It’s been no secret that the DoD has considered open source for a long time. Consideration has finally reached adoption. The proof? A new site, based on Sourceforge.net, Forge.mil, will serve as a repository for open source, defense-related software. Anyone can join the site – so long as they have a DOD, CAC, or ECA certificate. The site currently only contains information and no code. The site itself is nothing more than the Sourceforge code updated to meet DoD standards.
According to a writer on Slashdot, anyone will have access to the code on the site. I have yet to find any validation to this claim. There are currently only three projects on the site. One of those projects, Bastille, aims to aid in the automation of server configuration. Another project manages requests for proposals. The final project currently on the site automates the secure configuration of Solaris systems. DoD administrators predict there will be 20 projects on the site in next six months.
Of course, this is fantastic news for open source. What this does is validate, without question, the legitimacy of the open source model. But there is one issue I would like to bring up with regards to this project. I understand this is the DoD we’re talking about, so keeping this software out of the hands of the general public seems understandable. But if, in fact, the general public does not have access to the code, is this really open source? Or is this the DoD taking advantage of the nature of open source?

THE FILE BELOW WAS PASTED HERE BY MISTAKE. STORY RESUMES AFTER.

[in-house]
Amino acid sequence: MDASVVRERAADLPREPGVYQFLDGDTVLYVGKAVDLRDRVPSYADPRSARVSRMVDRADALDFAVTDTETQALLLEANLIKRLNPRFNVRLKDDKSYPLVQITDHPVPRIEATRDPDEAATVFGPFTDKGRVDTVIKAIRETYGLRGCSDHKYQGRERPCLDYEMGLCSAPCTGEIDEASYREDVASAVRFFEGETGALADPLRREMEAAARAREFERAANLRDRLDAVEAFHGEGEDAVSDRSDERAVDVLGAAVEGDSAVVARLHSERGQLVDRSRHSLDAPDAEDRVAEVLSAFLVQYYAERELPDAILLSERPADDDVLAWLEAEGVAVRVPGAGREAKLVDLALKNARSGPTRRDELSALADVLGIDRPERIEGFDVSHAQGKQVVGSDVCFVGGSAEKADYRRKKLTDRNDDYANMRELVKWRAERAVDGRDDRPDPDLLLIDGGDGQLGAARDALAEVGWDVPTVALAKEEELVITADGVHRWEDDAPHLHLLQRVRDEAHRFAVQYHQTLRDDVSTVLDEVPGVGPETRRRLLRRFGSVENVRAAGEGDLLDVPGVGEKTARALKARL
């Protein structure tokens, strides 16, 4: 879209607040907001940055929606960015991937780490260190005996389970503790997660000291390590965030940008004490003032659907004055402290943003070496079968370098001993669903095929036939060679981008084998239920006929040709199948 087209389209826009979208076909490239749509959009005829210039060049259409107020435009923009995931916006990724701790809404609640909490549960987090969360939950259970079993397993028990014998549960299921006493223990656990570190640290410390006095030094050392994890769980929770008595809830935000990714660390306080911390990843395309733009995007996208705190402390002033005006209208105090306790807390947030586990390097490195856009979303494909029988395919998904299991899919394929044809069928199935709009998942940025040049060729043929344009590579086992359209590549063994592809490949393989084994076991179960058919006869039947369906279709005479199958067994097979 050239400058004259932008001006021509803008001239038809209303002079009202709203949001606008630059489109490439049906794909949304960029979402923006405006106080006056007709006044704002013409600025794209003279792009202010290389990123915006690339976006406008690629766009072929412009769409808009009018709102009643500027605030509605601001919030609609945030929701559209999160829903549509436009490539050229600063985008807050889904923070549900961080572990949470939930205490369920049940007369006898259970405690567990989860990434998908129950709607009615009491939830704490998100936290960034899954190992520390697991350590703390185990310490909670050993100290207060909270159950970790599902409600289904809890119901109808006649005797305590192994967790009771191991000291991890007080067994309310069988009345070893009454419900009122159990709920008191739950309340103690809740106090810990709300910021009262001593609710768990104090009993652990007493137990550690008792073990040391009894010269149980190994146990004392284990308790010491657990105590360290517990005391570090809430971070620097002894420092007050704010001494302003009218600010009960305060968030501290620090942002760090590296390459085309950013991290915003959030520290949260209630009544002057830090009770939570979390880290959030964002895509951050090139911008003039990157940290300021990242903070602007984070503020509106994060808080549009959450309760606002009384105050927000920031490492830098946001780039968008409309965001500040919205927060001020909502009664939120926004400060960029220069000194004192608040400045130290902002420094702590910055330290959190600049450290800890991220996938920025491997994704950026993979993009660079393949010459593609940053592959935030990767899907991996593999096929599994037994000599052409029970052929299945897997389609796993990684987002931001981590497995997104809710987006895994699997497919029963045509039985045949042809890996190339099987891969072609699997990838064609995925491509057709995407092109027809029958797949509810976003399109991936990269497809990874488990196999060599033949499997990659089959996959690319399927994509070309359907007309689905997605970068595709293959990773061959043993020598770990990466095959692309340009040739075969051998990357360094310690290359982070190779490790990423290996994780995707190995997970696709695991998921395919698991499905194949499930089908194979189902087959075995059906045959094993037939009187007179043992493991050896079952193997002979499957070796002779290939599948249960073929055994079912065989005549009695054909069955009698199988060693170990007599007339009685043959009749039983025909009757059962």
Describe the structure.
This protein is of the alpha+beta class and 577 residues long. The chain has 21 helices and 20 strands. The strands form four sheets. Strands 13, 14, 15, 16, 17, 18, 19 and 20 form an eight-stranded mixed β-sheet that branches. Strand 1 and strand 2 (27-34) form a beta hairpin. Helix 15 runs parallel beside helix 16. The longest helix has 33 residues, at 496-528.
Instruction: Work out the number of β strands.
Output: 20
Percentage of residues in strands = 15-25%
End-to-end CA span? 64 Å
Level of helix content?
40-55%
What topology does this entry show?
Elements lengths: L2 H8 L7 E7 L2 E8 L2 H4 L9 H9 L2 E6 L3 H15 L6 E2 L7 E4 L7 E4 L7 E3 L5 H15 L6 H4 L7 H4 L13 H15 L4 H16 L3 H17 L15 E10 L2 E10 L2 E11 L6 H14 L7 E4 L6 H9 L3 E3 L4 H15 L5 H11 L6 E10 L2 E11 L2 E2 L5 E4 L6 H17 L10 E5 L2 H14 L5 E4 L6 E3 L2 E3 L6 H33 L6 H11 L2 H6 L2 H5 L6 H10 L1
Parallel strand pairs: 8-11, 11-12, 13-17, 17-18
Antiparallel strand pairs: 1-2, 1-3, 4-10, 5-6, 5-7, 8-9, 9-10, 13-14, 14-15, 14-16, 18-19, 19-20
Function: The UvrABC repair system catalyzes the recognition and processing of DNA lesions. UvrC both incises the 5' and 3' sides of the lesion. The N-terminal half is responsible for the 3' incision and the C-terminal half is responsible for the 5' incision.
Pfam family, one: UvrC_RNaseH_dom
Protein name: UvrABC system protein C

This all comes, of course, on the heels of newly inaugurated U.S. President Obama who has promised an open U.S. government. So under an Obama presidency we could enjoy open source software used government-wide and the DoD embracing open source for defense software. How does this scenario play out in your imagination? In mine it plays out with open source software gaining serious traction in a country where it has had problems finding acceptance. When the government and the DoD sees that open source is a viable solution more and more corporate HQs will have less and less reason to not accept open source.
Although I find the obfuscation of the code for the DoD open source applications (and I do understand the necessity of this) at odds with the fundamental ideal of open source software, I am thrilled this is happening. This is Linux reaching the peak of a mountain they have been climbing since the mid 90s. Well, it seems open source has reached that peak and should enjoy the rewards for this long, hard, uphill battle.
Congratulations open source community. This is a big win for you.